Renowned for its toughness, its tolerance of alkaline soils, and its colorful summer fruits, this large coarse deciduous shrub from Europe, western Asia, and northern Africa is also known as a parent of the popular hybrid Viburnum × rhytidophylloides. Its sparse upright stems bear leathery wrinkled oval leaves that are dark grayish-green with fuzzy gray undersides. The leaves may turn burgundy in fall. Flattened clusters of fetid white flowers are borne in late spring on the previous year's growth. Bees and butterflies pollinate the flowers, with cross-pollination required for heavy fruit set. The small oval fruits ripen from green to yellow and red and finally to black, with all colors often occurring in the same cluster. Birds harvest the fruits in fall.
Adaptable to a wide range of conditions, wayfaring tree is one of the best viburnums for dry, heavy, or alkaline soils. Grow it in full sun for best flowering. It works well in the back of the shrub border or as a low-maintenance screening or hedge plant. (info source: Learn2Grow.com)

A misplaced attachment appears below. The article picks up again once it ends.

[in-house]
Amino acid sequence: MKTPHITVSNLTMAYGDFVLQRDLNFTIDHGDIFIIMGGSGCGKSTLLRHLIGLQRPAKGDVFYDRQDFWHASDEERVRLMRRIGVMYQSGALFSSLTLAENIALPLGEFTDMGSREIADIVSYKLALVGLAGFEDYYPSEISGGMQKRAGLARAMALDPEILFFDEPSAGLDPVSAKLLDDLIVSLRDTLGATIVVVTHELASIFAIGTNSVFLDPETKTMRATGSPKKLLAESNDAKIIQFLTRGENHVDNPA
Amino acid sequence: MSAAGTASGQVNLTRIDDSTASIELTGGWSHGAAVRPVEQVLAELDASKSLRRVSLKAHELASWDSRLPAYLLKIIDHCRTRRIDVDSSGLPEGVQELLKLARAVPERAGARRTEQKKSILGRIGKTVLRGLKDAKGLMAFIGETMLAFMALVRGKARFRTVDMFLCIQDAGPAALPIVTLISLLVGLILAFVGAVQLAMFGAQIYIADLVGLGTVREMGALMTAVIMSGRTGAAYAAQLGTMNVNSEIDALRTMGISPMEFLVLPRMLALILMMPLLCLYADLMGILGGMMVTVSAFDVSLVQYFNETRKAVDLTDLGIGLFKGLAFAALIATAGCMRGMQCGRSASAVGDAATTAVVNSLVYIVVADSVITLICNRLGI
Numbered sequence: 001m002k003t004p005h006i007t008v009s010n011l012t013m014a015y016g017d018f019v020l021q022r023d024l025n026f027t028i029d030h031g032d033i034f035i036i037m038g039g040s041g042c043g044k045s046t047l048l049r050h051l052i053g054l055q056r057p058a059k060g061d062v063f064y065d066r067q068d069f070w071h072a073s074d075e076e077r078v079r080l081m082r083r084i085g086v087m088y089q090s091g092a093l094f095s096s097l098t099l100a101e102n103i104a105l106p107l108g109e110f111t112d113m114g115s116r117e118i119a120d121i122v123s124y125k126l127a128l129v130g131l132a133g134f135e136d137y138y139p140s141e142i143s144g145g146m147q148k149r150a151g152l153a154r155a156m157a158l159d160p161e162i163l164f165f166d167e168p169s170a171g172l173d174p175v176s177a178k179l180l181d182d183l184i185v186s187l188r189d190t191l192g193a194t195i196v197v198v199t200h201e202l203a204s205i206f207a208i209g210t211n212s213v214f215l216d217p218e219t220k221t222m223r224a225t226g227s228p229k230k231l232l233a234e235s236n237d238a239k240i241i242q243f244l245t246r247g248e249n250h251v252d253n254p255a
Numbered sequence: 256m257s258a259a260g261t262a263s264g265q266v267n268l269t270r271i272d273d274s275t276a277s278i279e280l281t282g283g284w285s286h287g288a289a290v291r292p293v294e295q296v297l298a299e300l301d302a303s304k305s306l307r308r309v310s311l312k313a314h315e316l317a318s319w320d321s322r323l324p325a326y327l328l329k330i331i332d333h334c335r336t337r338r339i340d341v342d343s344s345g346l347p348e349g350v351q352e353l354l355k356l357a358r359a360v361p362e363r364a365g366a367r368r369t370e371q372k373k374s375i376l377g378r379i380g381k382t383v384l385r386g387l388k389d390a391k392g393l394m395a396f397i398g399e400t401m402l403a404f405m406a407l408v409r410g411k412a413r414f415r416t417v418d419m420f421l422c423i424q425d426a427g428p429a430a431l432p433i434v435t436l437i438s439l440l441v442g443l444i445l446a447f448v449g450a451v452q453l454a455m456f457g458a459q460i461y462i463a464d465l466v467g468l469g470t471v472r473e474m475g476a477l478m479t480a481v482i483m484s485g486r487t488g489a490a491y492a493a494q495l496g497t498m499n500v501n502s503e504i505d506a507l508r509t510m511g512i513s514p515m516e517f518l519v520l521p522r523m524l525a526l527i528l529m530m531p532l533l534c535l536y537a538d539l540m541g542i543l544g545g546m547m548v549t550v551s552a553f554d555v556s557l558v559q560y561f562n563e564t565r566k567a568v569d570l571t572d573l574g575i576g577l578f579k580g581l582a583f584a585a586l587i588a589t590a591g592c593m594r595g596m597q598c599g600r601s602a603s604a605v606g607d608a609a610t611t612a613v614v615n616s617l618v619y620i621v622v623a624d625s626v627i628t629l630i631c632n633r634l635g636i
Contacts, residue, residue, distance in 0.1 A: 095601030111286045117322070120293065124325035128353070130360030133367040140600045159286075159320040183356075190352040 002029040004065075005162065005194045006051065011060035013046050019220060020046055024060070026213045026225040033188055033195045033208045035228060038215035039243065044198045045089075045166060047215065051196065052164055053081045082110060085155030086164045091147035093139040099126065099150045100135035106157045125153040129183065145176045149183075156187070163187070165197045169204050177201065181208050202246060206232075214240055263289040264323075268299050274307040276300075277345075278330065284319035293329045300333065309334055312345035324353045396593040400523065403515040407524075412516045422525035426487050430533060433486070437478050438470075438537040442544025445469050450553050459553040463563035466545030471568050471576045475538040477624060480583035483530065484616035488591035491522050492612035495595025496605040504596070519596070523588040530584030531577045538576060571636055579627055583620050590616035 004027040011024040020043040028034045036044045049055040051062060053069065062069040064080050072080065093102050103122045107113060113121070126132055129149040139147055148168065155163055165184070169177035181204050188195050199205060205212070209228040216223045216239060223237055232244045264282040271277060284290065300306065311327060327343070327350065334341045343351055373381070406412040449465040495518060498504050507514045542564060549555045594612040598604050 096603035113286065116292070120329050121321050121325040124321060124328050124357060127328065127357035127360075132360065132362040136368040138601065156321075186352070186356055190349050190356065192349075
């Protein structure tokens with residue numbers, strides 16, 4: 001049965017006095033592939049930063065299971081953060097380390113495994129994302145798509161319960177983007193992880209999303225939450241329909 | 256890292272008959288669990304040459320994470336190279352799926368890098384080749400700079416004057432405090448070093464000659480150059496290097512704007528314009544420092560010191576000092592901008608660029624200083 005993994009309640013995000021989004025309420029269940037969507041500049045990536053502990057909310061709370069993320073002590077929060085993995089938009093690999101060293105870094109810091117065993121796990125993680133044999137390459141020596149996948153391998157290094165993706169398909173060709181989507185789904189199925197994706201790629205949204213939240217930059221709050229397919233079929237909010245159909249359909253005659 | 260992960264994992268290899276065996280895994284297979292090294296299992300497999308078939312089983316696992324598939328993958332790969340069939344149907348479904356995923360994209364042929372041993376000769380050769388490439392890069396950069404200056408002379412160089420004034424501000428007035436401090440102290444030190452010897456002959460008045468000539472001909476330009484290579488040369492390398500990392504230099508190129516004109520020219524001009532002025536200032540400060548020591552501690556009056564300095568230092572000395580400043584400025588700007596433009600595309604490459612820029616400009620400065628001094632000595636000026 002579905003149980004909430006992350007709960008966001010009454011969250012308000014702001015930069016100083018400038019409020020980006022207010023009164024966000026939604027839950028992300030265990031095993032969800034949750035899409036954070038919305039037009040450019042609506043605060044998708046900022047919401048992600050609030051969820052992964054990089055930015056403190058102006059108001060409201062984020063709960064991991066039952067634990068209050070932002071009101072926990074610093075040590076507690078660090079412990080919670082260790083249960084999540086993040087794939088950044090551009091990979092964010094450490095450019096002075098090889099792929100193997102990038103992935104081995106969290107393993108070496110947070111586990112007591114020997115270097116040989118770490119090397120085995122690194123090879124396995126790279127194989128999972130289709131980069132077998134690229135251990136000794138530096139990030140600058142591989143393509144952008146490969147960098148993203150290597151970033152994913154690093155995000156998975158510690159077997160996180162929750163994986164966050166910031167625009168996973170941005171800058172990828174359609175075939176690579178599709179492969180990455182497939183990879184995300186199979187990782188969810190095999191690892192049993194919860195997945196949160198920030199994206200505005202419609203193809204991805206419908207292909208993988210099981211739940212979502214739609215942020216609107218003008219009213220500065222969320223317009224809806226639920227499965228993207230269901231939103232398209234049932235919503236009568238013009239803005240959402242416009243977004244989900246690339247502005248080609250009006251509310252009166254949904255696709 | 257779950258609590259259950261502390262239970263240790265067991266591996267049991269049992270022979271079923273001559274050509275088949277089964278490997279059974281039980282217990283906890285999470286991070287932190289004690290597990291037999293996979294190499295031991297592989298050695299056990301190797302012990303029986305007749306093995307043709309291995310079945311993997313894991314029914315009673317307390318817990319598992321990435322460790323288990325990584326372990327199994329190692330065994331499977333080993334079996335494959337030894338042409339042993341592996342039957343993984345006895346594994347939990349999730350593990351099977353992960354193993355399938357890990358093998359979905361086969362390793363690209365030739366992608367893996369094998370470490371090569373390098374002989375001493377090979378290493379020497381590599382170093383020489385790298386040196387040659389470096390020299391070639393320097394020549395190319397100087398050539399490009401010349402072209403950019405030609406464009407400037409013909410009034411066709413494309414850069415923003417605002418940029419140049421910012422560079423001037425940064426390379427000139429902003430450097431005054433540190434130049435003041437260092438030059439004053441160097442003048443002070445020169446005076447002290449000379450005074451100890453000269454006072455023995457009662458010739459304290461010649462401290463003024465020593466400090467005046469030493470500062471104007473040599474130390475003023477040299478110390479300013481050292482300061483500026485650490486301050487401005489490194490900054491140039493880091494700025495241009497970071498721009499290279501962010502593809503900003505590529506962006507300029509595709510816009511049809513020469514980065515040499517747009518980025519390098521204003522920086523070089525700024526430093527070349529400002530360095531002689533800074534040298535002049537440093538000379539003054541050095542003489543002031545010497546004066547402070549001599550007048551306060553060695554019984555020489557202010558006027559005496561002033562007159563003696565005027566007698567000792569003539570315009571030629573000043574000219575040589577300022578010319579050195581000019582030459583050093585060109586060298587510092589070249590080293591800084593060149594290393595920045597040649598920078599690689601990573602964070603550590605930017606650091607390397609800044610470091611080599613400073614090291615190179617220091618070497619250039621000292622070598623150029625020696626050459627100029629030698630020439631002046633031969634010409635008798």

Genus - Viburnum
Species - Lantana
Common name - Wayfaring Tree
Germination rate - 89%
Pre-Treatment - Required
Hardiness zones - 4 - 8
Height - 8'-15' / 2.40 - 4.60 m
Spread - 8'-12' / 2.40 - 3.70 m
Plant type - Shrub
Vegetation type - Deciduous
Exposure - Full Sun, Partial Sun
Growth rate - Medium
Soil PH - Acidic, Neutral, Alkaline
Soil type - Clay, loam, sand, well drained
Water requirements - Drought tolerant, average water
Landscape uses - Hedges, Mixed Border, Screening / Wind Break
Bloom season - Spring, Late Spring
Leaf / Flower color - Green / White
1. Soak seeds in warm water for 24 hours.
2. Sow seeds so they are just covered or nestled among soil particles in a seed tray. Use a peat-based potting mix that drains well and remains moist. Or, incorporate sand into the peat mix to create a moist, well-draining, fine-particle soil.
3. Place the seedling tray in a brightly lit (not baking in direct sun) garden location, greenhouse or indoor room where the temperature hovers around 68F (+20C) for a period of three months. Keep the soil moist, but never wet/soggy. This is a "warm season stratification".
4. Relocate the seedling tray to the cold frame outdoors (or a refrigerator) where the temperature hovers around +1-+3C for three to five months. Keep the soil barely moist.
5. Remove from the cold stratification area and again place the seedling tray into a warm, bright location where the temperature is around +18-+20C degrees. Keep the tray exposed to this warm environment for three to six months. Look for any germinating seeds. If none is seen, repeat the process again.
Info source: eHow.com
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